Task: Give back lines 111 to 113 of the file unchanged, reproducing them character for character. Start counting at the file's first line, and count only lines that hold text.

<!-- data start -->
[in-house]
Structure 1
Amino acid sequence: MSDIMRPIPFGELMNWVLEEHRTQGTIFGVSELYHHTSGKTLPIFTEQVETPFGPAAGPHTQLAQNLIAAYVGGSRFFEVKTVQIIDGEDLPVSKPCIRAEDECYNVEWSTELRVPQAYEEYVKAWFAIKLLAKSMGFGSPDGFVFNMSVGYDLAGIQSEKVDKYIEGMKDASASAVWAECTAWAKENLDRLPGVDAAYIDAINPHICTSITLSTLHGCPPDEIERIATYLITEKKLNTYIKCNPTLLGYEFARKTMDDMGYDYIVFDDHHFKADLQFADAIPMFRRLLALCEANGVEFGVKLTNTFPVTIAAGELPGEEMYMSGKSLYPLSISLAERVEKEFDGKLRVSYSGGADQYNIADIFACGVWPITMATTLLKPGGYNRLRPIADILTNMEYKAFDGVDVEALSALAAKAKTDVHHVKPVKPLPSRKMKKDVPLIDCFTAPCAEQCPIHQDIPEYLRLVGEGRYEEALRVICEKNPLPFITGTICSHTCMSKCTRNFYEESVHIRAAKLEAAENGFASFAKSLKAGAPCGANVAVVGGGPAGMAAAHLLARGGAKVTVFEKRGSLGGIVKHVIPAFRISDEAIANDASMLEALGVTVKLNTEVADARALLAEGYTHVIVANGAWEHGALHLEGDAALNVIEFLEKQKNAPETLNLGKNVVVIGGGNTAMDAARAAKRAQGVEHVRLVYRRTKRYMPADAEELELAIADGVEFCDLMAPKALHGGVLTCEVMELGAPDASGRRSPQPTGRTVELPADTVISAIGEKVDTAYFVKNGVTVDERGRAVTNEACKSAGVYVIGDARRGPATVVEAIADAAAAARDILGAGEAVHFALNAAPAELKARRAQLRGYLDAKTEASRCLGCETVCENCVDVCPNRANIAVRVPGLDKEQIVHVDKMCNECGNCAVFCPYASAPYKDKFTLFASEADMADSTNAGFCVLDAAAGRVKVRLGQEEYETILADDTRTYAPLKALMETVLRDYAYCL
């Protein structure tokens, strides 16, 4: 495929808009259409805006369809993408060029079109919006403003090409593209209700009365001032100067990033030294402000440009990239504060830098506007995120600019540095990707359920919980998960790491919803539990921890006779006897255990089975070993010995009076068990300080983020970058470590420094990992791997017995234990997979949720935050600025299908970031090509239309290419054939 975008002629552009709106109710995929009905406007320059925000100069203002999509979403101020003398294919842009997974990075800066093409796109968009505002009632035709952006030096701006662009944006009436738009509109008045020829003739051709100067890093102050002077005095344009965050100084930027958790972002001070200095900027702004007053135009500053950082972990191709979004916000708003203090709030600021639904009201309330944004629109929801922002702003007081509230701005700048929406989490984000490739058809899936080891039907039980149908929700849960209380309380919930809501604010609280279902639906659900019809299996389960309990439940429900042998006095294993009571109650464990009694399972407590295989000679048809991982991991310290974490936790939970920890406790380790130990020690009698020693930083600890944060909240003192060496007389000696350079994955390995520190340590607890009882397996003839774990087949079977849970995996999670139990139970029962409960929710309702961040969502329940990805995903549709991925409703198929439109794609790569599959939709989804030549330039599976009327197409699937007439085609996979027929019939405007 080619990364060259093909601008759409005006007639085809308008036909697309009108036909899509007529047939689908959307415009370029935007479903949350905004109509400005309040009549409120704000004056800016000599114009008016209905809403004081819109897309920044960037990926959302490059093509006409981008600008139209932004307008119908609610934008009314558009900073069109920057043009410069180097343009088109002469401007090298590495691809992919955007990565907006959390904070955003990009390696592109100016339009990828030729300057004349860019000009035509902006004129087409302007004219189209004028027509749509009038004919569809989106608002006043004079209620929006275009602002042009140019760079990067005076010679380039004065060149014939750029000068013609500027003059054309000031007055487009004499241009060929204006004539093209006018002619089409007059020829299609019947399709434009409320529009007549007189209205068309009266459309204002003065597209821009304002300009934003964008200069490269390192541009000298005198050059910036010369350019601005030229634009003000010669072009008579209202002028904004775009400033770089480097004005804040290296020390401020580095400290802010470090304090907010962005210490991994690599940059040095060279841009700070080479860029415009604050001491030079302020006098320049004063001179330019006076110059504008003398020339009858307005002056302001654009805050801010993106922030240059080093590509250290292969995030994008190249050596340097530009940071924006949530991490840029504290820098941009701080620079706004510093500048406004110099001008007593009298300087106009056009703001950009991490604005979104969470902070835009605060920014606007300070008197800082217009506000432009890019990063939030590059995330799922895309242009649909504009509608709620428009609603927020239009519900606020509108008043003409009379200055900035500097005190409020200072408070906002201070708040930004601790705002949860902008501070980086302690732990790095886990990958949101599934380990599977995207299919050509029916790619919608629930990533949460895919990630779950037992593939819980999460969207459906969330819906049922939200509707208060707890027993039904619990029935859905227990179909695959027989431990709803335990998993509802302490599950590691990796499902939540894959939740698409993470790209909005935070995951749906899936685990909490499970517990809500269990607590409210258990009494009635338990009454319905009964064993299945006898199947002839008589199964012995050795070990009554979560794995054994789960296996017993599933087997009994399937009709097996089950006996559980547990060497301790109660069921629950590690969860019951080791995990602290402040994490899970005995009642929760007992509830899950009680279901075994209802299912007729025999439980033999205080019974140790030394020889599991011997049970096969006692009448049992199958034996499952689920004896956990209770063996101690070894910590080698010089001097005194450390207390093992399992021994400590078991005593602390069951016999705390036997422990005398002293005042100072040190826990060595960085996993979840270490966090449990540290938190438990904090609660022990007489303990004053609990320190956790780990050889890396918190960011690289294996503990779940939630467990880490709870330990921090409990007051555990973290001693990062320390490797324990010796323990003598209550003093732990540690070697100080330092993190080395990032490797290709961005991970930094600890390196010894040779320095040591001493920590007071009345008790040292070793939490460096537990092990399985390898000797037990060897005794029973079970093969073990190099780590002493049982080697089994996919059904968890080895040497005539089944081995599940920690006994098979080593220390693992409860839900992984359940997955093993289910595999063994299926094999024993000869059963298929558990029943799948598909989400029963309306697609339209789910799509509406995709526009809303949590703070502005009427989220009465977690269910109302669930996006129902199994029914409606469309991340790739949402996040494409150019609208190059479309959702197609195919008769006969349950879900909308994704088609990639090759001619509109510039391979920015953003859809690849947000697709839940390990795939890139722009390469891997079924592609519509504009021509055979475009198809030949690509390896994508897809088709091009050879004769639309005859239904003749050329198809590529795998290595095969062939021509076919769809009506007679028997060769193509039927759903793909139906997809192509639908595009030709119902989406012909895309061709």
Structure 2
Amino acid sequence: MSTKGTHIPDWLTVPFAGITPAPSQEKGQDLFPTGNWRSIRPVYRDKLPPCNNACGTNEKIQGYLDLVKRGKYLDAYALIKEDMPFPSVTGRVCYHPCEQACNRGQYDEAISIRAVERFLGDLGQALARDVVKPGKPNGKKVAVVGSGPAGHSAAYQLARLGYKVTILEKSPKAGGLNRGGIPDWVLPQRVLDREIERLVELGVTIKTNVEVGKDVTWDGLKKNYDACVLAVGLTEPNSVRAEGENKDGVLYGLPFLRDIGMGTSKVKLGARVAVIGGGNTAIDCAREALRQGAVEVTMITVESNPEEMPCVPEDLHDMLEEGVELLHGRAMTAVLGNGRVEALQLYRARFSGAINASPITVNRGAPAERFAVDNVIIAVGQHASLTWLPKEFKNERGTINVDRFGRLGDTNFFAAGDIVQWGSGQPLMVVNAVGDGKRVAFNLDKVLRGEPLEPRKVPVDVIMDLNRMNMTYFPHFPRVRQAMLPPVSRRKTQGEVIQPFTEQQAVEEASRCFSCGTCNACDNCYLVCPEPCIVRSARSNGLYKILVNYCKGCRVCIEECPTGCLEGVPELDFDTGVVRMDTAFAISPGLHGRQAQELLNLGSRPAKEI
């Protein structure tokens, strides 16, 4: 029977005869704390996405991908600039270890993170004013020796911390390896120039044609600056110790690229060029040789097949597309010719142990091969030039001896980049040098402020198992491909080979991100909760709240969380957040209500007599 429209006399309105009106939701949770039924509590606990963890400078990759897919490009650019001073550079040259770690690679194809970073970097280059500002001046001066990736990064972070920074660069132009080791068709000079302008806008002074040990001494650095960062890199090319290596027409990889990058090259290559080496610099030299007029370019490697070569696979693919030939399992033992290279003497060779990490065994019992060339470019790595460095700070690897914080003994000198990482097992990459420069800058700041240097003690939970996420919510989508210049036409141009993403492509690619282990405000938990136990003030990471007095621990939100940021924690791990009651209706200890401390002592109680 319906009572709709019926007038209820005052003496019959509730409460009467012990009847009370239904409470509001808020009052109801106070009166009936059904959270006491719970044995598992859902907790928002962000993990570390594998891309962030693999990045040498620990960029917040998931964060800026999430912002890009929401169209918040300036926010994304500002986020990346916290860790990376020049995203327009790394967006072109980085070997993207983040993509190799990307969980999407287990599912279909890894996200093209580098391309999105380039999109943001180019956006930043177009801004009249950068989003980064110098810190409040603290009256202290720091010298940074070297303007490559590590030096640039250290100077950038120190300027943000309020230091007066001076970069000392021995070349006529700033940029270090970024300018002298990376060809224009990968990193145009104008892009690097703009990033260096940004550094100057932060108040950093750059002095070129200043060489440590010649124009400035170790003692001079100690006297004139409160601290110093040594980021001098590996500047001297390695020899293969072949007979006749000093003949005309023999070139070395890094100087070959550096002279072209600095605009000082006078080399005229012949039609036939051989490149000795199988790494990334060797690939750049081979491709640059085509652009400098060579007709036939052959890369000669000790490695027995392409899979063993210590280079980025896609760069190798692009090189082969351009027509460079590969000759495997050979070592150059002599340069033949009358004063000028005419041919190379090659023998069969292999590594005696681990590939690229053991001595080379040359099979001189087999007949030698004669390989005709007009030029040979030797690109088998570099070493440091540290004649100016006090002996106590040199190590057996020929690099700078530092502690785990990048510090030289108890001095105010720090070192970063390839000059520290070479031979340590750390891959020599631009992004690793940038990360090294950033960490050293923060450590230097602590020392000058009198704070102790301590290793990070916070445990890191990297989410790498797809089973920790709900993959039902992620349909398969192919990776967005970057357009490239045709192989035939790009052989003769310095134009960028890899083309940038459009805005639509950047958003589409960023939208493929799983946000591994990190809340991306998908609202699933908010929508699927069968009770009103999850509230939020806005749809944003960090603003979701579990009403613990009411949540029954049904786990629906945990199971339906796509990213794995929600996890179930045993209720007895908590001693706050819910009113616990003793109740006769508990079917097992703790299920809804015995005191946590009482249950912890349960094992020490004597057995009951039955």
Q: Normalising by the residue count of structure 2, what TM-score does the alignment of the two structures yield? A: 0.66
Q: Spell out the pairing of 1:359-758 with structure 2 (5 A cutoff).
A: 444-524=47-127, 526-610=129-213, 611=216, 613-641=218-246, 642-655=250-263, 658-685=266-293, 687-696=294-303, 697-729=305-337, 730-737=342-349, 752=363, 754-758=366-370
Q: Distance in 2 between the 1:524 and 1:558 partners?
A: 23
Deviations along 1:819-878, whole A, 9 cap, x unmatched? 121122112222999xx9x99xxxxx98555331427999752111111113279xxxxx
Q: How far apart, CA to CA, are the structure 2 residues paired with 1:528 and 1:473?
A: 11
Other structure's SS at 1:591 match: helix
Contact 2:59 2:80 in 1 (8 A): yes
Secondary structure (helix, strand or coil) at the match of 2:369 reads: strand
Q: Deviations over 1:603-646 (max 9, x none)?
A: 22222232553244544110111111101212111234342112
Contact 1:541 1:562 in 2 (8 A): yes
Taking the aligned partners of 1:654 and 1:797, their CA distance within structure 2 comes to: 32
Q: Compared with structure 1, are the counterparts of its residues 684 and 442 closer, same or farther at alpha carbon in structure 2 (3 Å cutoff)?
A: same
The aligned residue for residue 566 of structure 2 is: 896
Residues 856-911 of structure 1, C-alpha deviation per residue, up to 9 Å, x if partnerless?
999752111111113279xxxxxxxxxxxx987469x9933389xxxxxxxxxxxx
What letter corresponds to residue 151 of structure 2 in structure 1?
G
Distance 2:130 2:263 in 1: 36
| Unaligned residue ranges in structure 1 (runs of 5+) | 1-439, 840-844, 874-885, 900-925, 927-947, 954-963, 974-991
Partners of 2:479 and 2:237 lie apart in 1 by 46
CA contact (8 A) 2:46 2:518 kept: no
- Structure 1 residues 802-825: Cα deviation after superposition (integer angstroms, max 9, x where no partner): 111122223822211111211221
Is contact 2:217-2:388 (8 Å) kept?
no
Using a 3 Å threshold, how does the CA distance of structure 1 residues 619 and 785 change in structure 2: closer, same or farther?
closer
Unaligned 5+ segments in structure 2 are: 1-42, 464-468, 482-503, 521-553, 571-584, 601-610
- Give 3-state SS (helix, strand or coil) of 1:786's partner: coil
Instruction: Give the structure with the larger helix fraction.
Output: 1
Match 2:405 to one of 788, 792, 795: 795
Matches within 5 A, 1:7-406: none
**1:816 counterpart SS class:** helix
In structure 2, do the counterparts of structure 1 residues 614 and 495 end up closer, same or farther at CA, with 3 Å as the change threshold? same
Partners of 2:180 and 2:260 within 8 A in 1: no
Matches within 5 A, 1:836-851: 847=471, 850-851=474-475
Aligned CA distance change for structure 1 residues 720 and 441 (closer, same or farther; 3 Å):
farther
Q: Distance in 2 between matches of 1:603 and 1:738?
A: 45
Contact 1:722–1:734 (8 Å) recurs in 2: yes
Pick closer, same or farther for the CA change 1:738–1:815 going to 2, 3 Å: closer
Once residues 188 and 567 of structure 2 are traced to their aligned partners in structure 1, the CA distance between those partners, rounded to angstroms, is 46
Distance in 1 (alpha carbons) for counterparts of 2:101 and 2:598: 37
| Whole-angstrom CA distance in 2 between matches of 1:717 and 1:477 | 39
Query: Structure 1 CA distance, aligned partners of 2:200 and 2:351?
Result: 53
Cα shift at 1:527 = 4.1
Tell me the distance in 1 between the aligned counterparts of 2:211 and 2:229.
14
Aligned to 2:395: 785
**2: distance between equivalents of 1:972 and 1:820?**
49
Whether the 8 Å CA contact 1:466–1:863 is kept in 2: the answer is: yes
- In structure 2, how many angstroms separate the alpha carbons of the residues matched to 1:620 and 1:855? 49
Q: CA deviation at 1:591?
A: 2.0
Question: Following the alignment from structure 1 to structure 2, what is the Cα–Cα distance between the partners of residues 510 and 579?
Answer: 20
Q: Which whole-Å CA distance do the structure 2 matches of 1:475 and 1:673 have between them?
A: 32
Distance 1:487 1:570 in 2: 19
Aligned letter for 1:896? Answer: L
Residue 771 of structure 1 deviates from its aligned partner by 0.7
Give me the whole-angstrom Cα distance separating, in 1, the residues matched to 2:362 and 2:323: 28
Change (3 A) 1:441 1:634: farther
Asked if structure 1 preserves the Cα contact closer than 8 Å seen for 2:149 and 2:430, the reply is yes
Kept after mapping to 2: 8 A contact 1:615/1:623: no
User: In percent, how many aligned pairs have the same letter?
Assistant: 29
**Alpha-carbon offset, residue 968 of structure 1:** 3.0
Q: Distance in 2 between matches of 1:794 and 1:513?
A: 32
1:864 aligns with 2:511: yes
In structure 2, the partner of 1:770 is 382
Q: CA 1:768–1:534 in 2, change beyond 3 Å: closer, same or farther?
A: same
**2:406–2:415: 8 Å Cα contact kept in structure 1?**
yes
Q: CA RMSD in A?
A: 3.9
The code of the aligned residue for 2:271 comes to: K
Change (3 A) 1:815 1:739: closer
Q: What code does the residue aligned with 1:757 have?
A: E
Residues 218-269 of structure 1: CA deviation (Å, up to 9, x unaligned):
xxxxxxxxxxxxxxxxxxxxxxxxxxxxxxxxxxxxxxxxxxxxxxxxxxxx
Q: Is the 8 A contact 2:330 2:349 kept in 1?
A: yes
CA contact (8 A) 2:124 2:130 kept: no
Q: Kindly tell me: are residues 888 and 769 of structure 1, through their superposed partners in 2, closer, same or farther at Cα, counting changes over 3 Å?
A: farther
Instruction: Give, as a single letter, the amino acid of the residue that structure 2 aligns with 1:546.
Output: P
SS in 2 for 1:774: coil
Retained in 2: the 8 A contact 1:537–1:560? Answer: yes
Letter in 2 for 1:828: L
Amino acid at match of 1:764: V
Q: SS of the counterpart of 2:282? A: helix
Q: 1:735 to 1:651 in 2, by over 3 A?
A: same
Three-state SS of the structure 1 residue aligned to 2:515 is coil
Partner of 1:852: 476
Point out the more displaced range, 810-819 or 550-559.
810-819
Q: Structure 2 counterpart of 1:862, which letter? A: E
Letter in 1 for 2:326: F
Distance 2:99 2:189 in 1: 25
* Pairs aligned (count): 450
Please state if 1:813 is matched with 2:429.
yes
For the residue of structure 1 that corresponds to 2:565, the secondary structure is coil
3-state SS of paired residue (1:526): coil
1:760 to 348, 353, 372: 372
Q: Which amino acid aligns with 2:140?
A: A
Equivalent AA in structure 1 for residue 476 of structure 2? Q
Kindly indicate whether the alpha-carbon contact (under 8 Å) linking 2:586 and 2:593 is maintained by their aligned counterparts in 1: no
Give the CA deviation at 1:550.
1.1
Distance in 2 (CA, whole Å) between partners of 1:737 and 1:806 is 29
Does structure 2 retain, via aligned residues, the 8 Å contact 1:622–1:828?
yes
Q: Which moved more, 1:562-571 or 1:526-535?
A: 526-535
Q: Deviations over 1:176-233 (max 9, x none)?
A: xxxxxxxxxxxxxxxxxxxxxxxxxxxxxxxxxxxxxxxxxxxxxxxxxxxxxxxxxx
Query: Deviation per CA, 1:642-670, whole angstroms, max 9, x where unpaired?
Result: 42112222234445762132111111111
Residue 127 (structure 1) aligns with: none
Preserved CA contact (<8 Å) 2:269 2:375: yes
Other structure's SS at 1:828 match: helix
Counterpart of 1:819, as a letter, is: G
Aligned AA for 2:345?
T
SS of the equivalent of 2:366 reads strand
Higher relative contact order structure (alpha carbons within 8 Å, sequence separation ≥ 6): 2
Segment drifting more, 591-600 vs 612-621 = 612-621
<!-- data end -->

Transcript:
Q: SS of the counterpart of 2:282? A: helix
Q: 1:735 to 1:651 in 2, by over 3 A?
A: same